Menu location: **Analysis_Clinical Epidemiology_Screening Test Errors**.

This function gives the probability of false positive and false negative results with a test of given true and false positive rates and a given prevalence of disease (Fleiss, 1981).

When considering a diagnostic test for screening populations it is important to consider the number of false negative and false positive results you will have to deal with. The quality of a diagnostic test is often expressed in terms of sensitivity and specificity. Sensitivity is the ability of the test to pick up what you are looking for and specificity is the ability of the test to reject what you are not looking for.

DISEASE | |||

Present | Absent | ||

TEST: | +: | a (true +ve) | b (false +ve) |

-: | c (false -ve) | d (true -ve) |

Sensitivity = a/(a+c)

Specificity = d/(b+d)

We can apply Bayes' theorem if we know the approximate likelihood that a subject has the disease before they come for screening, this is given by the prevalence of the disease. For low prevalence diseases the false negative rate will be low and the false positive rate will be high. For high prevalence diseases the false negative rate will be high and the false positive rate will be lower. People are often surprised by the high numbers of projected false positives, you need a highly specific test to keep this number low. The false positive rate of a screening test can be reduced by repeating the test. In some cases a test is performed three times and the patient is declared positive if at least two out of the three component tests were positive.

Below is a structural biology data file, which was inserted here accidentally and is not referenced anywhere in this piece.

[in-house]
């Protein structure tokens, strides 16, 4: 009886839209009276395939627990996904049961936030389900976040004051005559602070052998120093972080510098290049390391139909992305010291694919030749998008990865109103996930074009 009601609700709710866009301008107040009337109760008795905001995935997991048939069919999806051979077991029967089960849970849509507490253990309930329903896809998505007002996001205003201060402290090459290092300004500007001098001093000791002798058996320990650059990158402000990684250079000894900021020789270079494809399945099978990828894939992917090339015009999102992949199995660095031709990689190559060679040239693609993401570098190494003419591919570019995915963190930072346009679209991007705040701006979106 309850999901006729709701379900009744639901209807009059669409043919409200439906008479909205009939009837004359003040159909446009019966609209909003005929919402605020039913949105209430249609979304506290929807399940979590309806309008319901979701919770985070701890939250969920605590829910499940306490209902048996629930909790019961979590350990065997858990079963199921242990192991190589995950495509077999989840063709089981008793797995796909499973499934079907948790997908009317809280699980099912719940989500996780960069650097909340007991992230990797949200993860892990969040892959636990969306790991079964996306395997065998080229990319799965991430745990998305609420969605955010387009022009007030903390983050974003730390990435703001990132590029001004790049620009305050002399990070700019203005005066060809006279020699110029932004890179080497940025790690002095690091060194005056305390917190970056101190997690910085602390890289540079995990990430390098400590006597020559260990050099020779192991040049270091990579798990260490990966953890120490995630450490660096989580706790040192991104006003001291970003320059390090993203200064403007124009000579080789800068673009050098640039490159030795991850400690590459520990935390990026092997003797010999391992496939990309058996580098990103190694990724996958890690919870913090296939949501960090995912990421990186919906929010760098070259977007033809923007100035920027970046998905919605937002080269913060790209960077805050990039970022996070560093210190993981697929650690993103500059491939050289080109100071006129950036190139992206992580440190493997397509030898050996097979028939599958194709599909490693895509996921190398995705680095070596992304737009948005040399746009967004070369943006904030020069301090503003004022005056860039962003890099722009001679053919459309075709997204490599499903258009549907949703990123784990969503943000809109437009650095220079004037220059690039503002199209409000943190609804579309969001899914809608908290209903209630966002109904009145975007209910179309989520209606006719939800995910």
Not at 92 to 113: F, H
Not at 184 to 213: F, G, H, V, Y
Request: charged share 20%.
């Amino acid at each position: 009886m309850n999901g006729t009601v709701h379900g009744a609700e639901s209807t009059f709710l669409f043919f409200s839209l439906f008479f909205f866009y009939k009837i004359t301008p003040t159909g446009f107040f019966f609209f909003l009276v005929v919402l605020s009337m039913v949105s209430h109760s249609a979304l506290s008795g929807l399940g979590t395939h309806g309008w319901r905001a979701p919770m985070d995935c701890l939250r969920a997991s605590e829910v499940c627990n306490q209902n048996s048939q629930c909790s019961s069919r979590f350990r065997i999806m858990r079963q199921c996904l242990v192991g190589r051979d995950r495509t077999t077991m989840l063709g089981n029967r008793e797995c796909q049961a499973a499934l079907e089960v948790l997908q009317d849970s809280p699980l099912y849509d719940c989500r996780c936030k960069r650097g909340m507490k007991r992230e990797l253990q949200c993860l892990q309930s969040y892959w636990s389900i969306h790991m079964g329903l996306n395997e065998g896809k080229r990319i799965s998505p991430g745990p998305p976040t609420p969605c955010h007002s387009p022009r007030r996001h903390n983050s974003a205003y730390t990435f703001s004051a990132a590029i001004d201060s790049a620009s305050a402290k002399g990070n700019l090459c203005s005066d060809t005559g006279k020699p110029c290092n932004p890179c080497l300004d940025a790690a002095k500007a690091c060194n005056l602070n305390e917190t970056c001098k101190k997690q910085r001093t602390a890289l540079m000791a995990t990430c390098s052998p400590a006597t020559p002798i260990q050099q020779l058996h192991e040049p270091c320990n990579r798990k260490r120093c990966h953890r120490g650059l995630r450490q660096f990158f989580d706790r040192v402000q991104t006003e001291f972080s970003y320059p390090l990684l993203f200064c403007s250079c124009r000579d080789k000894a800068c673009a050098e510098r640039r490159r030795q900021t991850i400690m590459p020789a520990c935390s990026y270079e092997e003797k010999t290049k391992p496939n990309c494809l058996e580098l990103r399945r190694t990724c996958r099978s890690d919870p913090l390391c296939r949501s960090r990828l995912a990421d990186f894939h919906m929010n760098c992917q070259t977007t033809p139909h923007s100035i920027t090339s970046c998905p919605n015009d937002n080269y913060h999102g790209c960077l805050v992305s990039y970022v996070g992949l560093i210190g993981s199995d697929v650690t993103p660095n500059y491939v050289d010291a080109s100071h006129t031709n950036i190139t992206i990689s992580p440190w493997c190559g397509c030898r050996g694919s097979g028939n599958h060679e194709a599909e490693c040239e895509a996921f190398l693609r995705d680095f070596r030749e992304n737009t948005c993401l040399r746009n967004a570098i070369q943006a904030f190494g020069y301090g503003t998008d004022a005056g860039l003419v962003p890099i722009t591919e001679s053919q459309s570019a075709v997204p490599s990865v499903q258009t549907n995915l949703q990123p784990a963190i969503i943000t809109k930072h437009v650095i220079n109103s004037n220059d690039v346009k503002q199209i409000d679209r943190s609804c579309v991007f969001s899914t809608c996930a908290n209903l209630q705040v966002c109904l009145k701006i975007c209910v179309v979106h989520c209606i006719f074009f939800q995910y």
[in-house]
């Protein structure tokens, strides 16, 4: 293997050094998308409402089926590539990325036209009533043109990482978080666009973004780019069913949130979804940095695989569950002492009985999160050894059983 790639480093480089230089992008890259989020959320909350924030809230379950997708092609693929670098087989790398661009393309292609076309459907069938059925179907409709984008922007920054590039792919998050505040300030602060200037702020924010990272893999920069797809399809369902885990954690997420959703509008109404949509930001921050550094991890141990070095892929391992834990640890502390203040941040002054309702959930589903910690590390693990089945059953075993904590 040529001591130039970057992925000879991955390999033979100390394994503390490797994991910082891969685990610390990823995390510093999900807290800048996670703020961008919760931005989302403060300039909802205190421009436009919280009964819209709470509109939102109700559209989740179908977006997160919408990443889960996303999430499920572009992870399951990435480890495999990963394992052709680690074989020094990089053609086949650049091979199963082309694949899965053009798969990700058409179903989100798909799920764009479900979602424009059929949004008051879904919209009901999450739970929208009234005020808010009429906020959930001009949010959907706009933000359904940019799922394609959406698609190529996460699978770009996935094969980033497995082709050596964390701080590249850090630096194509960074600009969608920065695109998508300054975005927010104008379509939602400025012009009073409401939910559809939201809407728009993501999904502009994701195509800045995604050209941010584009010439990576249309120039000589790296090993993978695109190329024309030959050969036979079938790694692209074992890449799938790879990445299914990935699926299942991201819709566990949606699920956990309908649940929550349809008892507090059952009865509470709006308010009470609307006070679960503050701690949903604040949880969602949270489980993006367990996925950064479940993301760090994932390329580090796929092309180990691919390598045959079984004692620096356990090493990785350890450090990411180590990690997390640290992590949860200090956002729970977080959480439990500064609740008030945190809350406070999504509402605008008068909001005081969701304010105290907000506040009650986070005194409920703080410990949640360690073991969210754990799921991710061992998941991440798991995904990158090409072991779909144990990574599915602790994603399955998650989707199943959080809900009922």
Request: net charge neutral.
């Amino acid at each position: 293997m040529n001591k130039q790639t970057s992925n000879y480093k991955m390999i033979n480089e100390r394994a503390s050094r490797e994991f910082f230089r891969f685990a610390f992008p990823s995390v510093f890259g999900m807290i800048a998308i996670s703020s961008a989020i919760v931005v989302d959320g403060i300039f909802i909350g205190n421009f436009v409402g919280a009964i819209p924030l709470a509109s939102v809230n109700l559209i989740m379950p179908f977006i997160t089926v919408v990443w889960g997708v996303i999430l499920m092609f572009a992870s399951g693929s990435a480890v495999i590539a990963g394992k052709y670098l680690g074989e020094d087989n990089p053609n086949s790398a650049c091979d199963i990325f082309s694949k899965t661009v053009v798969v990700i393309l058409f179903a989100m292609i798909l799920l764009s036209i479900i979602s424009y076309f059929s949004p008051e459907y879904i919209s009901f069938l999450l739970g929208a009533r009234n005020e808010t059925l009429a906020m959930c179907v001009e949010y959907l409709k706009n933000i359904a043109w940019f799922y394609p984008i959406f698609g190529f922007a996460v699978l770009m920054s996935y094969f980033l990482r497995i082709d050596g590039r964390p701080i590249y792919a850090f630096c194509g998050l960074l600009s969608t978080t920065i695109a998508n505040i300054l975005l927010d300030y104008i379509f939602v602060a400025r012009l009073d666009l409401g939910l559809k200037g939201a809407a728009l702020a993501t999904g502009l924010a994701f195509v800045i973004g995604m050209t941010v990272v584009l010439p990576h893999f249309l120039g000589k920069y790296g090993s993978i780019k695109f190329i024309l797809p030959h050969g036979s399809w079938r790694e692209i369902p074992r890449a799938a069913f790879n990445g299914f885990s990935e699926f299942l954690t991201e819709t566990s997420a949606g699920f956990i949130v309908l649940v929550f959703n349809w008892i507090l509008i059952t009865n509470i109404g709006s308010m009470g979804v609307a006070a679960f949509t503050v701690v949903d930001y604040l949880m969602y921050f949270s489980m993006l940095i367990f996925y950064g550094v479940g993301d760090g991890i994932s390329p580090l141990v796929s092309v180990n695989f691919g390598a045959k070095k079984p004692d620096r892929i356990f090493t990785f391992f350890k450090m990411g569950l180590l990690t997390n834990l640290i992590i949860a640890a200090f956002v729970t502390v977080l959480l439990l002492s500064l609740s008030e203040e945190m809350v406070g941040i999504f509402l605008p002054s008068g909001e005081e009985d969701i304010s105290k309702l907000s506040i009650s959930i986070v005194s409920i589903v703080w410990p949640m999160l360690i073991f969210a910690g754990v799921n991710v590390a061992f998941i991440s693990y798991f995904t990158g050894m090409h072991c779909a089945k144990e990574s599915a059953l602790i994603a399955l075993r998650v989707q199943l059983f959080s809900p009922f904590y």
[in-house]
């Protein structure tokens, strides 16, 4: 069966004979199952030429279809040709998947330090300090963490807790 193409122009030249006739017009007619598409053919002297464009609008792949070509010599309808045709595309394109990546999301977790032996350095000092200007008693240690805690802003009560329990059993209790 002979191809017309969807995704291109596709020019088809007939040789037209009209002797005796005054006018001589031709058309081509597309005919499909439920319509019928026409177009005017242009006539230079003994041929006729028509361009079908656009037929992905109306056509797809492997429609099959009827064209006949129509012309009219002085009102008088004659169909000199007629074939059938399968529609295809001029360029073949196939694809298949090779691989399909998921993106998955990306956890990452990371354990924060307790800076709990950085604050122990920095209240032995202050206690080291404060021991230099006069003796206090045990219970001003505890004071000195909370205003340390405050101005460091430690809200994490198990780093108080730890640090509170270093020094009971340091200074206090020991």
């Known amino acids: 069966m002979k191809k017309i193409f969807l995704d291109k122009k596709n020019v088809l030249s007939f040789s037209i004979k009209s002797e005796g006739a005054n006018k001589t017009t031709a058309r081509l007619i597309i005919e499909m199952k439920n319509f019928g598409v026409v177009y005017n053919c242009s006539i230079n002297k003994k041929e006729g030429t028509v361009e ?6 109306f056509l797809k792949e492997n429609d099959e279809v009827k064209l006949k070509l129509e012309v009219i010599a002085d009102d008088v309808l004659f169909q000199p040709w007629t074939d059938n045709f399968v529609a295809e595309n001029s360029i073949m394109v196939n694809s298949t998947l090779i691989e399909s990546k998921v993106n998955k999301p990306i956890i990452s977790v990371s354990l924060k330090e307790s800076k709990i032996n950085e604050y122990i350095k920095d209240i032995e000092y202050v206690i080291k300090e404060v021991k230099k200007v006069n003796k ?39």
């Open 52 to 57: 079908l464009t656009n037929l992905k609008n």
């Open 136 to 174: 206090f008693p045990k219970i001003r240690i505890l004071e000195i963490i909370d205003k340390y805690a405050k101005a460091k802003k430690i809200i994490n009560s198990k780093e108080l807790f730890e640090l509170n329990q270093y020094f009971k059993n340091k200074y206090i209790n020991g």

__Technical Validation__

Results are calculated as:

- where P_{F+} is the false positive rate, P_{F-} is the false negative rate, P(A|B) is the probability of A given B, A is a positive test result, A bar is a negative test result, B is disease present and B bar is disease absent.

__Example__

In a hypothetical example 4000 patients were tested with a screening test for a disease. Of these 4000 patients 2000 were known to have the disease and 2000 were known to be free of the disease:

DISEASE | |||

Present | Absent | ||

TEST: | +: | 1902 (true +ve) | 22 (false +ve) |

-: | 98 (false -ve) | 1978 (true -ve) |

To analyse these data in StatsDirect select Screening Test Errors from the Clinical Epidemiology section of the Analysis menu. Enter the true +ve rate as 0.951 (1902/(1902+98)) and the false +ve rate as 0.011 (22/(1978+22)). Enter the prevalence as 1 in 100 by entering n as 100.

For this example:

For an overall case rate of 100 per ten thousand population tested:

Test SENSITIVITY = 95.1%

Probability of a FALSE POSITIVE result = 0.533824

Test SPECIFICITY = 98.9%

Probability of a FALSE NEGATIVE result = 0.0005

Here we see that more than half of the patients tested will give a positive test when they do not have the disease. This is clearly not acceptable for a full screening method but could be used as pre-screening before further tests if there was no better initial test available.

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